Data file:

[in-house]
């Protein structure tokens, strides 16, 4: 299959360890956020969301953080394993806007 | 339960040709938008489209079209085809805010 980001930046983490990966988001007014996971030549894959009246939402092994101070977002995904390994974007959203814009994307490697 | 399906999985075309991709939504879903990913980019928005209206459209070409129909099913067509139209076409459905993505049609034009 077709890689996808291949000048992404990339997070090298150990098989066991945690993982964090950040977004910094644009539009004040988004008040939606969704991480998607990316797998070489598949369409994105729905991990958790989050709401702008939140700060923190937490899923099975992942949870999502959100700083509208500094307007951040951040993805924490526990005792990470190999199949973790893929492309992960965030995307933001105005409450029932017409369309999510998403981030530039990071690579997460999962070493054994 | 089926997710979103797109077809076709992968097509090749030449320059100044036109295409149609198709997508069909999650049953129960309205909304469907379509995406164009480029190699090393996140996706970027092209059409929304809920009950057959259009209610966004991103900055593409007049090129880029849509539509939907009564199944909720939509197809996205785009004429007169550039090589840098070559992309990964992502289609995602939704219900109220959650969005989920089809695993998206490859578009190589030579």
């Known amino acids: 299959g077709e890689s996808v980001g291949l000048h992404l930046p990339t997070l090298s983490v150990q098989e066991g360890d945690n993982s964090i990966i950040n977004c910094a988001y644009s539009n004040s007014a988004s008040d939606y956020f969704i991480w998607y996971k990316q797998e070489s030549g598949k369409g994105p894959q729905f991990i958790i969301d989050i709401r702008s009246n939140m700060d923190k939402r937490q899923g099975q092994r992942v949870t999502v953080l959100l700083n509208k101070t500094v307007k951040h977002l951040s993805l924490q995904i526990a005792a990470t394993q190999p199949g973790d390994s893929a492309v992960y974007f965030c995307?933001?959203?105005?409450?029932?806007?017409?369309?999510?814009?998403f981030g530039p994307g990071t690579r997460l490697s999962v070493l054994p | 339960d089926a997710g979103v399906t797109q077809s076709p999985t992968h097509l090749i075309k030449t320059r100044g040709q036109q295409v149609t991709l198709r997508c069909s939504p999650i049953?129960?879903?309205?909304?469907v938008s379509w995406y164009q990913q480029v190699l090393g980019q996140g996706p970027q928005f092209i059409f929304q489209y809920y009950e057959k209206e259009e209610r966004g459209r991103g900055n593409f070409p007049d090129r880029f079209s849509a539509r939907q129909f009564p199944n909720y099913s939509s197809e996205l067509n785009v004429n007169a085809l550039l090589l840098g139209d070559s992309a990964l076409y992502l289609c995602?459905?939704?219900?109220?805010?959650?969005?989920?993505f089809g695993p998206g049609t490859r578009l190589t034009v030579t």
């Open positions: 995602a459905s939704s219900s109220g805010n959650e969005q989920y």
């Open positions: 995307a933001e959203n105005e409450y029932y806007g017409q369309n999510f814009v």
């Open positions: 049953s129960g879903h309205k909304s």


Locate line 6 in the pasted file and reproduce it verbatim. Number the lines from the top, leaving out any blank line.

């Open positions: 049953s129960g879903h309205k909304s």